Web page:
Moore warns publishers: adapt to digital or die off
EA COO Peter Moore has warned publishers that they must prepare for the day when the industry fully transitions to digital distribution, saying: "unless they change their ways and invest in the future, those companies will die off."
Speaking to Industry Gamers, Moore – who was promoted to COO in August – said: "Transitions are hard because revenue slows down and costs speed up. You're getting ready to develop for new platforms, whether they be hardware platforms or software, and it's getting to be even more complex now.
"The companies that have prepared themselves and have diversified their offerings to chase the consumer wherever they want to play games are the companies that will succeed. Companies that continue to rely on the old model as the model changes before our eyes, unless they change and invest in the future those companies eventually will die off. No two ways about it."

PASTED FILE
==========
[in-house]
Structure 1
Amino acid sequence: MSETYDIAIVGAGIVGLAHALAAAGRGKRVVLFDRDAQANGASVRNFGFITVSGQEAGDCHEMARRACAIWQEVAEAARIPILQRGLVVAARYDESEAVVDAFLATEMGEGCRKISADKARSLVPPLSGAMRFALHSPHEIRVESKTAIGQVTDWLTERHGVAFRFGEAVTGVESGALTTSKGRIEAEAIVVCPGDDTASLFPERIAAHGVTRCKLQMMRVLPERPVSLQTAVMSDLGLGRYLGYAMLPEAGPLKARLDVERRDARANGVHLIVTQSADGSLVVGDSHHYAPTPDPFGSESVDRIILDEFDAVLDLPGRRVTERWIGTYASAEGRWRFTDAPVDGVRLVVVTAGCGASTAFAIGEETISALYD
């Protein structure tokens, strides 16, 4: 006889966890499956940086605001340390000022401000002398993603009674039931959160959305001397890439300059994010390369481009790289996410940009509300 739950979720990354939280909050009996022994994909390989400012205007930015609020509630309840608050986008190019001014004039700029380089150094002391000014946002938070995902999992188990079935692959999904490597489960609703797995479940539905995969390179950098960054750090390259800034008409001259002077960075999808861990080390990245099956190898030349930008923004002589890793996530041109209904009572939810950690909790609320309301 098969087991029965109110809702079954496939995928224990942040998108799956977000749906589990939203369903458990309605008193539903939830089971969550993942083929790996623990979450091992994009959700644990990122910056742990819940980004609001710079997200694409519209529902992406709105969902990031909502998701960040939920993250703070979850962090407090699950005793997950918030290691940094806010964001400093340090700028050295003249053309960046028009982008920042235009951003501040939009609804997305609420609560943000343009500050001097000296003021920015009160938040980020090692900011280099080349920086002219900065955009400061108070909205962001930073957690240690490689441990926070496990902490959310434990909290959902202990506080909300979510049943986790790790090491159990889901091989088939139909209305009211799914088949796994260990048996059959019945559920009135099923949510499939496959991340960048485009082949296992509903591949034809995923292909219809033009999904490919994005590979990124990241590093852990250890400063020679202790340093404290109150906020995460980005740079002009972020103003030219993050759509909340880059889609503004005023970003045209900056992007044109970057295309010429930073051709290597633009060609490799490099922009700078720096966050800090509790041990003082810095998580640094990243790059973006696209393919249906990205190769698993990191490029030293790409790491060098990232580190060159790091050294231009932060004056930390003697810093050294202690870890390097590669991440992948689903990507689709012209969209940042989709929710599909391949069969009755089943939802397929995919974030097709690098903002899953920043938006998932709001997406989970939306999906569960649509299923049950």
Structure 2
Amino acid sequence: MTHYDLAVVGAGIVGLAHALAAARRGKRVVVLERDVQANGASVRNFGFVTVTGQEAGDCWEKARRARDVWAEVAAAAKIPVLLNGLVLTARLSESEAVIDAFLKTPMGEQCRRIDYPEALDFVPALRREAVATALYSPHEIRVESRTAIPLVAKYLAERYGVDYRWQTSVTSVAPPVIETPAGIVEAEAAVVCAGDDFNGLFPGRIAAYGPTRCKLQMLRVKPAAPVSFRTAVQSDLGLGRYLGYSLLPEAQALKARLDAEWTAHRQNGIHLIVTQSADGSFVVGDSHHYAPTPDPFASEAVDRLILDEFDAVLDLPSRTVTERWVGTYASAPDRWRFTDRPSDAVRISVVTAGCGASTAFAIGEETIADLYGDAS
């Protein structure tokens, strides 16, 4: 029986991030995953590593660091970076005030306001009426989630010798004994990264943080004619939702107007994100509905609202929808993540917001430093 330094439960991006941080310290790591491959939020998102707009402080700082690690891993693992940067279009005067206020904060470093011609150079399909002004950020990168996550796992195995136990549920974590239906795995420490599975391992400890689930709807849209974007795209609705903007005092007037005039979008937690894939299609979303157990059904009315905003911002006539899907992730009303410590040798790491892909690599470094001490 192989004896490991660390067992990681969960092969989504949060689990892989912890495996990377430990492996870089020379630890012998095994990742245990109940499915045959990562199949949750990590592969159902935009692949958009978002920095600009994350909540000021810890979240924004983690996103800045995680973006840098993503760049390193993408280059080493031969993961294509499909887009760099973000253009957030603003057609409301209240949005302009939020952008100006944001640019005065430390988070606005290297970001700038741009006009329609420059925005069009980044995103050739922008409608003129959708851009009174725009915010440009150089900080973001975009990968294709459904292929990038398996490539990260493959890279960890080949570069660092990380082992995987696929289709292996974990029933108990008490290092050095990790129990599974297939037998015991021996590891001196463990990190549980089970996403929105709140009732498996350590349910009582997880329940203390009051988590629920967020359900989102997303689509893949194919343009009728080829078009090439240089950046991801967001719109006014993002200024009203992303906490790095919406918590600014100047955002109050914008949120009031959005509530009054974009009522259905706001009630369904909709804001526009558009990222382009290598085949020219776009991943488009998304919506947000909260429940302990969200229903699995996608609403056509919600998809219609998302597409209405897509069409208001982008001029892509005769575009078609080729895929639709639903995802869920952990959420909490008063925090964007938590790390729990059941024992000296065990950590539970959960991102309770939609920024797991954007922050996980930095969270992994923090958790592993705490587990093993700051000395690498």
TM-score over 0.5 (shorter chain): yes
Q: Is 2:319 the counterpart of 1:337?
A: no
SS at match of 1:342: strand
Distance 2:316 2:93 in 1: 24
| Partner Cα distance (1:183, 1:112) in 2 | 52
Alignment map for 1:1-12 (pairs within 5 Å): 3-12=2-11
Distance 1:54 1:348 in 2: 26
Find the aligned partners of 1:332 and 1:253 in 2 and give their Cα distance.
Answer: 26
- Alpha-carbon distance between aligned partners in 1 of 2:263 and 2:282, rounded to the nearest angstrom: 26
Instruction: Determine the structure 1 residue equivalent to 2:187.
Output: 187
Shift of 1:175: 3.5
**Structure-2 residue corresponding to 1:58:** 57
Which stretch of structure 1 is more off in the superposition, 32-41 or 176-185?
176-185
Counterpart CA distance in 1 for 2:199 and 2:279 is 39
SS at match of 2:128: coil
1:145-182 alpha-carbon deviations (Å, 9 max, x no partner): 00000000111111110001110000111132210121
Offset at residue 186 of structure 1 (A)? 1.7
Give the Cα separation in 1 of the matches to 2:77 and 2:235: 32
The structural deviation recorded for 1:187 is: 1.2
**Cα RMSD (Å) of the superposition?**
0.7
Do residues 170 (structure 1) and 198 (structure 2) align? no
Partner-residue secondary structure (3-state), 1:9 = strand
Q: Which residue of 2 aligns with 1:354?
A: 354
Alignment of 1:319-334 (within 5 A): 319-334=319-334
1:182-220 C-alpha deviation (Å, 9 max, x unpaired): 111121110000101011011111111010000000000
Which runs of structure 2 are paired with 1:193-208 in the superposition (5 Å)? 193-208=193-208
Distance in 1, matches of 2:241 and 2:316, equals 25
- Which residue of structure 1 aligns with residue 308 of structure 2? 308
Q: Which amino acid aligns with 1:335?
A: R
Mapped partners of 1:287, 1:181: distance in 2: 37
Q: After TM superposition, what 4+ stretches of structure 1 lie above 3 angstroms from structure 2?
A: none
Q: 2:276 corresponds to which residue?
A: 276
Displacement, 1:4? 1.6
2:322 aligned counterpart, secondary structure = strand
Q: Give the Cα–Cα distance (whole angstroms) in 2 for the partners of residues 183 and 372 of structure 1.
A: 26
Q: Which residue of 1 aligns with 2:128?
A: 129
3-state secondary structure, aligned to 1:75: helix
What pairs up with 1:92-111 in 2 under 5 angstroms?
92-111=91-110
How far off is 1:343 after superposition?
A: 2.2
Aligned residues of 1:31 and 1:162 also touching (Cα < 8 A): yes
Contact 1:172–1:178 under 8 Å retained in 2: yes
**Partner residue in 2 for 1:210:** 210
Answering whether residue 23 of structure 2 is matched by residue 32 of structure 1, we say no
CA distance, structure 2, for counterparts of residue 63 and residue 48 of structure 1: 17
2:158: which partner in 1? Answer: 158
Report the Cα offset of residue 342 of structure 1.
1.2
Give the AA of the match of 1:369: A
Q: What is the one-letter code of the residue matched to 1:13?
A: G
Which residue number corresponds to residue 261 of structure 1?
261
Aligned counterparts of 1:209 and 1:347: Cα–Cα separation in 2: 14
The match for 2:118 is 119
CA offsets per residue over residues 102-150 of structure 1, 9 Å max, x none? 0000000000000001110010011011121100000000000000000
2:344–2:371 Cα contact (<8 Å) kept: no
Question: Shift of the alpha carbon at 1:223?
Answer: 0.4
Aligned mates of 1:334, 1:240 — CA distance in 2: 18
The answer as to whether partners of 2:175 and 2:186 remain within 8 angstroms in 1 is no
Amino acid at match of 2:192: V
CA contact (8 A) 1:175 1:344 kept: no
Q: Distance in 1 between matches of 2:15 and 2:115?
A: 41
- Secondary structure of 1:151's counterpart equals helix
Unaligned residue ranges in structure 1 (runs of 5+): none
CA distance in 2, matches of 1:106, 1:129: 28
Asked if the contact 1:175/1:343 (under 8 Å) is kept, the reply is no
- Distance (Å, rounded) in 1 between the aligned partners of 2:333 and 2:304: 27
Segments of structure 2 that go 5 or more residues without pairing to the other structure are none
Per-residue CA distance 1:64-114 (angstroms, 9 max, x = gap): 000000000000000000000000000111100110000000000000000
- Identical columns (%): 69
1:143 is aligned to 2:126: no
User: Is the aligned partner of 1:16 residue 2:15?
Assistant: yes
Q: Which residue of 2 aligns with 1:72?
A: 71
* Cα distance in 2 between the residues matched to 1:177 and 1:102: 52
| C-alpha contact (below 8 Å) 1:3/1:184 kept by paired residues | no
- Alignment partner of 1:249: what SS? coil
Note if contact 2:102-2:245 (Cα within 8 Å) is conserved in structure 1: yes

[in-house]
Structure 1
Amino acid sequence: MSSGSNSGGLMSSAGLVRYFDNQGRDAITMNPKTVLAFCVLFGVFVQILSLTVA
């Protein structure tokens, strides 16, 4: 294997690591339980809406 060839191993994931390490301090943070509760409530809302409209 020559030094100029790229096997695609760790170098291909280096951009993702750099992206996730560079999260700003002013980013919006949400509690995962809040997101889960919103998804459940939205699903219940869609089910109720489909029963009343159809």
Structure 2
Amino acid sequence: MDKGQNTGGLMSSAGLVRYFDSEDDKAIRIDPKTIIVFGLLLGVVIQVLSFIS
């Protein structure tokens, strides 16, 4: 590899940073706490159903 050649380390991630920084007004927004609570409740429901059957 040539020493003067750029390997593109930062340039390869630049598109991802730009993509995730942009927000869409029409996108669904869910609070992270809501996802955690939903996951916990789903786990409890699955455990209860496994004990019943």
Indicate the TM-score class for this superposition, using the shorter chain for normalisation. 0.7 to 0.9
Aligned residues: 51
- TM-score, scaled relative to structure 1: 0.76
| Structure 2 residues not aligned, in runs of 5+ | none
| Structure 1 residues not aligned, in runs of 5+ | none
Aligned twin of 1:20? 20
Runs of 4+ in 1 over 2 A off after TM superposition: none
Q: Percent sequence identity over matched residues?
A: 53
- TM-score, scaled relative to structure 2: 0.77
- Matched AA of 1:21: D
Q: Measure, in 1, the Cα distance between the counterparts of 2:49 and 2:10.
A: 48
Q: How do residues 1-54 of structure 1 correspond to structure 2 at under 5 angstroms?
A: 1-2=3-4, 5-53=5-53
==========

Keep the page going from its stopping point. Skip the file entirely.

Moore believes EA is well-positioned after several smart acquisitions to ensure it is able to release its games on a wide variety of platforms. It bought social studio Playfish in 2009 for $300 million, and recently strengthened its social business with the acquisition of Klicknation, which develops social titles aimed at the core gamer, and subsequently formed a new business unit, BioWare Social.
EA bought Chillingo, one of the biggest publishers of mobile games, in 2010, and in July announced its intent to acquire PopCap in a deal that could be worth $1.3 billion if earnings targets are met in the next two years. There's also the Origin platform, with which EA is gaining a foothold in the PC download market.
"I enjoy the freedom here of being able to provide gamers, no matter what they're playing on, [with] great content," Moore said, comparing his current employer to his time in the hardware business with Sega and Microsoft. "That's the energy we have here at EA – particularly right now with all the investments we've made, which I think differentiates us from just about any other company in the industry right now.
"Eventually, physical media will diminish as the core part of how gamers get their content. We're ready for that, but we're also still ready to be the number one packaged goods publisher in the world, which we are.
"We might be the company that sells the last disc. But by then we'll also be doing several billions of dollars in digital and direct-to-consumer revenues."